Quote 4: “Your problem, Werner,” says Frederick, “is that you still believe you own your life.”
Quote 5: “Field and circuits, conduction and induction. Space, time, mass. The air swarms with so much that is invisible! How he wishes he had eyes to see the ultraviolet, eyes to see the infrared, eyes to see radio waves crowding the darkening sky, flashing through the walls of the house.”
Quote 6: “Open your eyes, concludes the man, and see what you can with them before they close forever.”
Quote 7: “Lately the commandant speaks more and more intimately of the fuhrer and the latest thing – prayers, petroleum, loyalty – that he requires. The fuhrer requires trustworthiness, electricity, boot leather. Werner is beginning to see, approaching his sixteenth birthday, that what the fuhrer really requires is boys. Great rows of them walking to the conveyor belt to climb on.”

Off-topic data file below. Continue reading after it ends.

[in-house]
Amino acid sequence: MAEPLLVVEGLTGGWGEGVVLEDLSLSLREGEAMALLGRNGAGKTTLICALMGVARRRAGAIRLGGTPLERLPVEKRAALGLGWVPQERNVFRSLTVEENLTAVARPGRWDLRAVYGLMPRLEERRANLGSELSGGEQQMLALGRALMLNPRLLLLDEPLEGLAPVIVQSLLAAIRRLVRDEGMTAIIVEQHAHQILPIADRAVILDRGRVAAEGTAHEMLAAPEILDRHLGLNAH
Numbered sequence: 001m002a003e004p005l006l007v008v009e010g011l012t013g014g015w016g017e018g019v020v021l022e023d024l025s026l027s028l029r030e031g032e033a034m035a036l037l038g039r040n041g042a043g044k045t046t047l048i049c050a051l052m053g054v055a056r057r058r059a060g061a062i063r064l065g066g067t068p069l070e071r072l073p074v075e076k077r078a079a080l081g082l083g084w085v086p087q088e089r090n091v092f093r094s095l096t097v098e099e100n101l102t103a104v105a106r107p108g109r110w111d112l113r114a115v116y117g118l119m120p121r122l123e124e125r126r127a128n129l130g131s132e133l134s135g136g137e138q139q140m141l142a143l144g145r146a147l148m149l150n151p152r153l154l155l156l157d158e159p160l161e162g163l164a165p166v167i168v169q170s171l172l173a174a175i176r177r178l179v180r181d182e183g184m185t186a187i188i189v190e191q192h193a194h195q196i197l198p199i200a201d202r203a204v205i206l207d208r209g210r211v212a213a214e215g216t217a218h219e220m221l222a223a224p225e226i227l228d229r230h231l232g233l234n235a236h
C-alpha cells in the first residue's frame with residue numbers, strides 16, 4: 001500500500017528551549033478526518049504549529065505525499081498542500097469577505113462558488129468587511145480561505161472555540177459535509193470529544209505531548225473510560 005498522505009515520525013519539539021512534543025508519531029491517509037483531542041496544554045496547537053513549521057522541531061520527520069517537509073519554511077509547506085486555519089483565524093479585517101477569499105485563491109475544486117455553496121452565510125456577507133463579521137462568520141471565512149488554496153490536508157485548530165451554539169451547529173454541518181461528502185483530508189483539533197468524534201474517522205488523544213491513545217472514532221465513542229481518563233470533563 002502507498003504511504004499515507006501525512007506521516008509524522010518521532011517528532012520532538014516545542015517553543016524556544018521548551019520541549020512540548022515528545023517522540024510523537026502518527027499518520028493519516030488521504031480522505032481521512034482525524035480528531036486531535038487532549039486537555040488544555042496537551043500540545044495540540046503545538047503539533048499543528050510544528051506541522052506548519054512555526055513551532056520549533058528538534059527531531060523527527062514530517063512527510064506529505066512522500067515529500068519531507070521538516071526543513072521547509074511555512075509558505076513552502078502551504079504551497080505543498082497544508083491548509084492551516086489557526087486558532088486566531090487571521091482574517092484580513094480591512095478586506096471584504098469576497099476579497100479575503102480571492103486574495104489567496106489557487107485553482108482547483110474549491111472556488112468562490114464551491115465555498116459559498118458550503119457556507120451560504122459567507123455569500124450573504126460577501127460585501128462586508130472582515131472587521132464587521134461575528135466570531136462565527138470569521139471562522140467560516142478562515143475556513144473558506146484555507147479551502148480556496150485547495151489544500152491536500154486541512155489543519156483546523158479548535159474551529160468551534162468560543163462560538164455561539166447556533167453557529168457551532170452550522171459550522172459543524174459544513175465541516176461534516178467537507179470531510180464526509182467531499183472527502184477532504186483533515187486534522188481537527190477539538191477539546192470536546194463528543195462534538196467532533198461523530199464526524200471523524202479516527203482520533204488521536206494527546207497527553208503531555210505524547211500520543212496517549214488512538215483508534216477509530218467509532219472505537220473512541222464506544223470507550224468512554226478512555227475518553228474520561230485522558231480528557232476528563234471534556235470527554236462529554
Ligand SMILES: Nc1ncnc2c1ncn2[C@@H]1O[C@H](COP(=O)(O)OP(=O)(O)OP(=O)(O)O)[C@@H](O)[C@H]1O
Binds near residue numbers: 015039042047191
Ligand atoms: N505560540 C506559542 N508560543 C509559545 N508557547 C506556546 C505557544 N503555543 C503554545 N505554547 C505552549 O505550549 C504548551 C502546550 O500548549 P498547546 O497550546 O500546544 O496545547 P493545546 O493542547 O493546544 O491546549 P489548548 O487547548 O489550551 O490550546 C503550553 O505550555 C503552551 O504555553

Quote 8: “When I lost my sight, Werner, people said I was brave. When my father left, people said I was brave. But it is not bravery; I have no choice. I wake up and live my life. Don’t you do the same?”
Share some of these images and YouTube video that relates to the setting of the book.
Canned peaches were an important food in the book. It is what Marie-Laure and her father ate when they finally make it to Etienne’s house and what Marie-Laure and Werner eat after he saves her from Von Rumpel. You can share some canned peaches or one of these delicious peace desserts.
You could also do a French-themed food spread with baguettes, cheese spreads, fruit, and French cookies. Here are some cookie options:
You can also go to my book club tips for My Life in France by Julia Child for more French food ideas and recipes.
Other foods that were mentioned in the book: Omelets with spinach, which Madame Manec makes for Marie-Laure and her father when they arrive in St Malo. Cake with cream and powdered sugar, which is what Herr Shiedler gives Werner for fixing his radio.